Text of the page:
Compared with the later state of English dialects the differences between the regional forms of Old English (OE) were small. Linguistically Mercian and Northumbrian share certain characteristics to such an extant that they are occasionally combined together under the general heading of Anglian. Nevertheless, given that Mercian speech is to a great extent the source of modern English, differences between the two dialects are worthy of examination.
A comparison of Mercian and Northumbrian
In the late 7th century, states Crystal (1995), Northumbria was powerful politically, which resulted in the North becoming a hub of culture and education.. The region also contained a number of monasteries. Consequently, the majority of Old English texts from the 7th century is written in Northumbrian. In contrast, Mercia, which reached its political zenith in the 8th century, leaves few texts in the Mercian dialect. Those that still exist consist of a few Latin glossaries and a number of charters. Crystal (1995) suggests that this lack of written material may be a legacy of "the destructive influence of the Vikings". Notwithstanding this, he states that Mercian was influential in the development of Standard English, the dialect being spoken in the London area during the Middle Ages, a period within which that city became politically influential (1995: 29).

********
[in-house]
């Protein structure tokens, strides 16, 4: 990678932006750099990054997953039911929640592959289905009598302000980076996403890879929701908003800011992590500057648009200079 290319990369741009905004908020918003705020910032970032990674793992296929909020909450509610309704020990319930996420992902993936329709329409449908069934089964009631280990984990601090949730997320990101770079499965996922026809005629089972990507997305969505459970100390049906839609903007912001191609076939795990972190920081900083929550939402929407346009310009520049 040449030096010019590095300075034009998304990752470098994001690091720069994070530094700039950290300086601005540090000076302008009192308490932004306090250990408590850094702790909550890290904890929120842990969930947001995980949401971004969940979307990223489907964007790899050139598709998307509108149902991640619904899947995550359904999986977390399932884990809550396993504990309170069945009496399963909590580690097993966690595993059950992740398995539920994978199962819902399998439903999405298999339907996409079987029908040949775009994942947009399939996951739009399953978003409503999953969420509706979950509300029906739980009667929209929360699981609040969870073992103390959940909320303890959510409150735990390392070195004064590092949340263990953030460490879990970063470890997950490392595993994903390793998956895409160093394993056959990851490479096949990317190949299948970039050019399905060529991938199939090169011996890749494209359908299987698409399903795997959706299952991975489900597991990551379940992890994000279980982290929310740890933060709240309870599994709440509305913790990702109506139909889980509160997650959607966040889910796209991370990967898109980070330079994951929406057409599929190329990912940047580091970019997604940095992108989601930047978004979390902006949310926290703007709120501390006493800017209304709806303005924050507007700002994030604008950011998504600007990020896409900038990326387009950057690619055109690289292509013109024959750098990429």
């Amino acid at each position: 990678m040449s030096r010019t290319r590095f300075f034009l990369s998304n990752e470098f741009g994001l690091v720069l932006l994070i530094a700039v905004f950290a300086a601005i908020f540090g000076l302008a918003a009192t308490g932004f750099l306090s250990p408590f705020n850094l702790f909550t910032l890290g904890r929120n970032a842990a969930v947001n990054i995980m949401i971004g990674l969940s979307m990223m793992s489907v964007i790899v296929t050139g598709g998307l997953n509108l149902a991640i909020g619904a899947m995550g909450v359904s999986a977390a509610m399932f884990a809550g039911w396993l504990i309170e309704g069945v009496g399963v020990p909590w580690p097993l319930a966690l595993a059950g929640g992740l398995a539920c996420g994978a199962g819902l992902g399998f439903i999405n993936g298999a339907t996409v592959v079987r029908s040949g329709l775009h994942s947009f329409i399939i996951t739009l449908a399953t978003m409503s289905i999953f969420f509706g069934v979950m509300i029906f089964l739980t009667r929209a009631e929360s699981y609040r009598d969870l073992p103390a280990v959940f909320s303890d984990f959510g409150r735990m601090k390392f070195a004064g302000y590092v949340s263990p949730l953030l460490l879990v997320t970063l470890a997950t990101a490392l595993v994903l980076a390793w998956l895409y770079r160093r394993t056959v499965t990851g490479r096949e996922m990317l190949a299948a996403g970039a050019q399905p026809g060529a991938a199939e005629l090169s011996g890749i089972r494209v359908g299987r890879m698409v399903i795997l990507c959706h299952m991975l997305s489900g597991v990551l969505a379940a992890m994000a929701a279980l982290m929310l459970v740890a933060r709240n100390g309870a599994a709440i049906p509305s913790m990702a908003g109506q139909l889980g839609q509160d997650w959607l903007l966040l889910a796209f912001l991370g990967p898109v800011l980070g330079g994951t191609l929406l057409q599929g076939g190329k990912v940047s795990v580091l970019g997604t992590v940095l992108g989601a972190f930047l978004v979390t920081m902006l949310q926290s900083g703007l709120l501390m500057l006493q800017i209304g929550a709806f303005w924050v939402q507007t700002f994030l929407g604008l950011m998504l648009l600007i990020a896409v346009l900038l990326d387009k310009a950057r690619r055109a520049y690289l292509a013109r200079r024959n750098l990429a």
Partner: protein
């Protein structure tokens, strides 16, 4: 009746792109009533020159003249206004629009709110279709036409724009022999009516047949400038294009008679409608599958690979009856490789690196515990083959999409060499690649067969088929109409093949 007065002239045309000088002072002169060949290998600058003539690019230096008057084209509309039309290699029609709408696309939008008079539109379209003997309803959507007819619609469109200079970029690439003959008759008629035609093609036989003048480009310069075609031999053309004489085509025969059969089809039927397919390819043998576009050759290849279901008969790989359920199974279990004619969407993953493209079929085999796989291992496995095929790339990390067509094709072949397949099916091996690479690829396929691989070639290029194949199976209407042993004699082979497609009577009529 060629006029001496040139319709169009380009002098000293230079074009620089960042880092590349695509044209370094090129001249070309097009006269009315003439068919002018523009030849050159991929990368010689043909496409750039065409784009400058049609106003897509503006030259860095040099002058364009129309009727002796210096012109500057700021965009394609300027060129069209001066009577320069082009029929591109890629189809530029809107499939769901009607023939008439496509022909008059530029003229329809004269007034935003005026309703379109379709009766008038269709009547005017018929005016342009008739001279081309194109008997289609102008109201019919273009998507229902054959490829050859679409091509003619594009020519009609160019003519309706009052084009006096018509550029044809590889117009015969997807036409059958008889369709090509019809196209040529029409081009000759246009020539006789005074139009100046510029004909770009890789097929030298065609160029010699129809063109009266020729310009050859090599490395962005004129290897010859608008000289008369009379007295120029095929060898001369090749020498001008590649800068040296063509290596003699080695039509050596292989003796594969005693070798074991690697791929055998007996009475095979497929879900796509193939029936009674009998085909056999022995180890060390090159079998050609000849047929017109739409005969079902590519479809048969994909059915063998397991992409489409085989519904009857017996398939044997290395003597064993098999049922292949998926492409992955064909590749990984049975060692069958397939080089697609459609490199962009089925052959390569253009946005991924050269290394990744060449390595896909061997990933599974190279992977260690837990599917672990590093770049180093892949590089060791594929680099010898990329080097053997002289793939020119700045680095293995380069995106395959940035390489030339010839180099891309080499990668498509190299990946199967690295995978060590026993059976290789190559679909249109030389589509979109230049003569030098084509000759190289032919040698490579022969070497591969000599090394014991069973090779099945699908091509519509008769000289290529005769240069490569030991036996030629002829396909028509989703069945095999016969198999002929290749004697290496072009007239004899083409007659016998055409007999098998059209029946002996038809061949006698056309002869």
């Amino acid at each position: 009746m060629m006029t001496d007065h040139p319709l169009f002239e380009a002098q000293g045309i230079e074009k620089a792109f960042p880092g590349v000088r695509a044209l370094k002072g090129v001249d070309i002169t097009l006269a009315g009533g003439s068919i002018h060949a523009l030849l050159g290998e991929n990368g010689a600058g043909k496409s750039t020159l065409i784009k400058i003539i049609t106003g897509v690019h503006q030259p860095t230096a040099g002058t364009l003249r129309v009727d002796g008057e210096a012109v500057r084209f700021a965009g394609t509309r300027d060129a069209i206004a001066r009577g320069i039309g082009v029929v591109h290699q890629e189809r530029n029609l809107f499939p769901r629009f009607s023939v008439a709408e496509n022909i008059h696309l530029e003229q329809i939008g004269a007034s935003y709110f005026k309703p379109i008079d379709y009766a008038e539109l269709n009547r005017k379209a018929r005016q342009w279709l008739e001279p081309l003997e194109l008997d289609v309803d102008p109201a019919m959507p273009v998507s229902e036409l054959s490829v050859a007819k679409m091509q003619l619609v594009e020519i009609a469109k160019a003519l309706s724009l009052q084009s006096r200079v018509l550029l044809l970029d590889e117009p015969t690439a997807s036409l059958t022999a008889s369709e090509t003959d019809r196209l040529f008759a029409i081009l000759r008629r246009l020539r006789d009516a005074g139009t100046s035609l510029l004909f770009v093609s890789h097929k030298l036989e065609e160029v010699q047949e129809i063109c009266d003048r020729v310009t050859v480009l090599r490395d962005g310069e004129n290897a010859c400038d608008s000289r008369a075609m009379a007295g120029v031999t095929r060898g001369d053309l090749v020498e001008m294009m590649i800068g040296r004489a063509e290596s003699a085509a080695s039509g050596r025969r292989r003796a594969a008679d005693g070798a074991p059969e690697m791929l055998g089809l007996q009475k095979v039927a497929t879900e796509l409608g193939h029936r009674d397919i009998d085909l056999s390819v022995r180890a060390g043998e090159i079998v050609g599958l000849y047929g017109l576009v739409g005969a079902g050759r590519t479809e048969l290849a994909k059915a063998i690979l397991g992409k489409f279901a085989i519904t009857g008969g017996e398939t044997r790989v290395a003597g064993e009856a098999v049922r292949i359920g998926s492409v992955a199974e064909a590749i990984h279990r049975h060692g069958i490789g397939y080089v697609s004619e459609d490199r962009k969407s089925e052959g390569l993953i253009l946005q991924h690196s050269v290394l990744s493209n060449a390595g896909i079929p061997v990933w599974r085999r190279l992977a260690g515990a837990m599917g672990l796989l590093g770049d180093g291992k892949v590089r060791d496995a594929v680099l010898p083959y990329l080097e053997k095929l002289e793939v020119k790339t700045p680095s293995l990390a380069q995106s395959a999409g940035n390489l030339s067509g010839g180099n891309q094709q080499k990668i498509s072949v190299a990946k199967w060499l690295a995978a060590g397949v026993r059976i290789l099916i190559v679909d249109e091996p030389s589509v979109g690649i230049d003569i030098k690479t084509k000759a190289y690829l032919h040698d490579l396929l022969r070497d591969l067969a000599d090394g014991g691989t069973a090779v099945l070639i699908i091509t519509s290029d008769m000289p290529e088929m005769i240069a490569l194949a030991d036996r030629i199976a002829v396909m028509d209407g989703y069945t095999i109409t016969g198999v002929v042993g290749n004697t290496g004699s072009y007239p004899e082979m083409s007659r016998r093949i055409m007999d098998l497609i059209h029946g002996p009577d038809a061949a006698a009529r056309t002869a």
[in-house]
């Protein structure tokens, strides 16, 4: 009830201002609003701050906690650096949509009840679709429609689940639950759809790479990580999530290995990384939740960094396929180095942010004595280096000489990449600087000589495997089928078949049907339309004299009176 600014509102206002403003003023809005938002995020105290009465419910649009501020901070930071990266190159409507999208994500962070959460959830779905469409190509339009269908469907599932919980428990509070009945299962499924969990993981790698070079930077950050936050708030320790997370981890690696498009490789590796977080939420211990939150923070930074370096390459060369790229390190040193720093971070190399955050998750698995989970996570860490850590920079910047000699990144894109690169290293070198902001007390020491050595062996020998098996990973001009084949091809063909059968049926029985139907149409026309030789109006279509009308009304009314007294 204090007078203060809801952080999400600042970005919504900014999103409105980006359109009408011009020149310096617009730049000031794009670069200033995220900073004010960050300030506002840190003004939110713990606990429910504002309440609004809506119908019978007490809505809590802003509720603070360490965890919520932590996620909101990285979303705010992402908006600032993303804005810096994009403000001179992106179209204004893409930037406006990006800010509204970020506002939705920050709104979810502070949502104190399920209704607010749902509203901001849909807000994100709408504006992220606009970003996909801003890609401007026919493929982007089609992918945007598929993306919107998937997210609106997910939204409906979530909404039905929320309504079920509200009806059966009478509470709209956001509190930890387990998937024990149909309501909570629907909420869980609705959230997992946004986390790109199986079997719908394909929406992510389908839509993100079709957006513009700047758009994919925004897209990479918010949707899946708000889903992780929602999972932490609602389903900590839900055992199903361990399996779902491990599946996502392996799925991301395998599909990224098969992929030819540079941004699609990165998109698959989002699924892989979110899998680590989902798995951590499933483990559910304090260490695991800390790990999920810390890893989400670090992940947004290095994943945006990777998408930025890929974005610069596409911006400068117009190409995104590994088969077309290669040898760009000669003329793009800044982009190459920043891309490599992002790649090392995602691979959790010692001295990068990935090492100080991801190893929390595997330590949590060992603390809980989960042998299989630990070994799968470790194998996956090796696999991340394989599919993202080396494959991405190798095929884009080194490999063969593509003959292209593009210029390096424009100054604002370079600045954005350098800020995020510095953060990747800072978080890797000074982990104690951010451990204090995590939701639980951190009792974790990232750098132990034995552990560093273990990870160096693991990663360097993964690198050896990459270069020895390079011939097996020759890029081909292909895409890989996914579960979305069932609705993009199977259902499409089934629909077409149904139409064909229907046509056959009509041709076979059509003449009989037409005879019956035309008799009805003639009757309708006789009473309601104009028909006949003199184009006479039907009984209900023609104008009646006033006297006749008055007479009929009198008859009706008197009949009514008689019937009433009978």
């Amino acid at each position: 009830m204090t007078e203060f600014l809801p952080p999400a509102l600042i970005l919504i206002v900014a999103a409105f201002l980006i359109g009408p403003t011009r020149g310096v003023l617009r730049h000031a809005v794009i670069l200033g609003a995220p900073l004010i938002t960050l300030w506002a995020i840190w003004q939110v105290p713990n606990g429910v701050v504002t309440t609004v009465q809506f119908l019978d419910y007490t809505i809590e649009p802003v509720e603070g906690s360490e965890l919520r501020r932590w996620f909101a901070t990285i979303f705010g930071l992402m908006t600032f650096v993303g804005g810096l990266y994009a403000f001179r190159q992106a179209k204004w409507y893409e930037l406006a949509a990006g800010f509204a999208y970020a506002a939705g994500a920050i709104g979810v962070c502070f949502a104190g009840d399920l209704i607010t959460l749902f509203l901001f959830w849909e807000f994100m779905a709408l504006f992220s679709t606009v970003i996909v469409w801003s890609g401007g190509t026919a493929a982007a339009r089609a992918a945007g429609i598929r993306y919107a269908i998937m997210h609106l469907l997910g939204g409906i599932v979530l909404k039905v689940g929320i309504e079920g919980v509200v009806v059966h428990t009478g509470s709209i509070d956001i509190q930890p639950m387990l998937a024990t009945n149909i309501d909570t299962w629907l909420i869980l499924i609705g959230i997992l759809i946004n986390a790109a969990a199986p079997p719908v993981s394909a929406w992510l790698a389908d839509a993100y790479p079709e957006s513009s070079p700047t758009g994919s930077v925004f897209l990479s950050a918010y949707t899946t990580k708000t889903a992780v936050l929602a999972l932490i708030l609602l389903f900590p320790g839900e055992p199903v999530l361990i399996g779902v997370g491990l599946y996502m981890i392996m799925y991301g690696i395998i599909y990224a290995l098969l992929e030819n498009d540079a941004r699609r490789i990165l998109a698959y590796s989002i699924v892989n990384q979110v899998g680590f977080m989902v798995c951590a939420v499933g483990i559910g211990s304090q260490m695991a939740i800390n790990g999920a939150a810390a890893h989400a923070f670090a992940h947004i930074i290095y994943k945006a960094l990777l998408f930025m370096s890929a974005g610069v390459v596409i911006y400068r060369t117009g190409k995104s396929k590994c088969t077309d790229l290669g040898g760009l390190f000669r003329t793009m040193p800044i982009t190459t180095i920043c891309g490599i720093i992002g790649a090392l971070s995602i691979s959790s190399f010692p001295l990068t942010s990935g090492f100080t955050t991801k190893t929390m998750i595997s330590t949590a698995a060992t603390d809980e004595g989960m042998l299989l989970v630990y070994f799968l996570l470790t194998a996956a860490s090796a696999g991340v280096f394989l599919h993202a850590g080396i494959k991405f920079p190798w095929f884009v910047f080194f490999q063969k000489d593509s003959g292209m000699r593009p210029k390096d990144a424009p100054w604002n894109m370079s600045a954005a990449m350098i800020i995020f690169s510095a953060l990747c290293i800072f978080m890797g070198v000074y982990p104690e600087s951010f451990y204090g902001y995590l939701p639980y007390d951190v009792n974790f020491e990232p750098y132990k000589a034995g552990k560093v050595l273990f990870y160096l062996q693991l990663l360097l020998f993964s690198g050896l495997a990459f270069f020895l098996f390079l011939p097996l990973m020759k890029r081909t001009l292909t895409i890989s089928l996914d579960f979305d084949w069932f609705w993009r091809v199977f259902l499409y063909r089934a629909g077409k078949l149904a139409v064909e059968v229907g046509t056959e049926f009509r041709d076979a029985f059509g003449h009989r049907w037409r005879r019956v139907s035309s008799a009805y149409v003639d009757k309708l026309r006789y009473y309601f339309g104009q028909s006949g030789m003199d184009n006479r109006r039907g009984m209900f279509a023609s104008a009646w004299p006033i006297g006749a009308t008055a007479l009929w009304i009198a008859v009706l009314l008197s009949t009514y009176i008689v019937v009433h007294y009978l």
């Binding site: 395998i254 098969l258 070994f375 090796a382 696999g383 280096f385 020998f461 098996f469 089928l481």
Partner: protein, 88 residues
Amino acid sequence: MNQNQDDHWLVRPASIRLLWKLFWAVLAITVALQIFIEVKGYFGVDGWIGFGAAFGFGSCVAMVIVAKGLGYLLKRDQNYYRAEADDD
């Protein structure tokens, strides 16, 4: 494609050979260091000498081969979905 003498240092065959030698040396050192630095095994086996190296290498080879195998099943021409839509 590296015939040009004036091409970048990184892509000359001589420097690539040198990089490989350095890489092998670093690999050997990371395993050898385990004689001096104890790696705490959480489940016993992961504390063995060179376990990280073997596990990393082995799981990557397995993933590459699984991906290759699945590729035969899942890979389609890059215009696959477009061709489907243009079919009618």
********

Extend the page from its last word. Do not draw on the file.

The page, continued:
Although different dialects, both Northumbrian and Mercian bore similarities to present-day German in that they were inflected according to gender, number and case. (There were five cases which were indicative of whether the noun was the actor or the recipient of the action.) For further information regarding inflections see loss of inflections. The following translations of the first line of the Lords Prayer (Crystal, 1995:29) illustrate the disparities between the two dialects.
|Mercian.||feder ure thu eart in heofenum|
|Northumbrian:||fader ure thu art in heofnu(m)|
Crystal, D. (1995) The Cambridge Encyclopedia of the English Language, Cambridge: Cambridge University Press.
Pyles, T. and Algeo, J. (1993) The Origins and Development of the English Language, Fourth Edition, London: Harcourt Brace.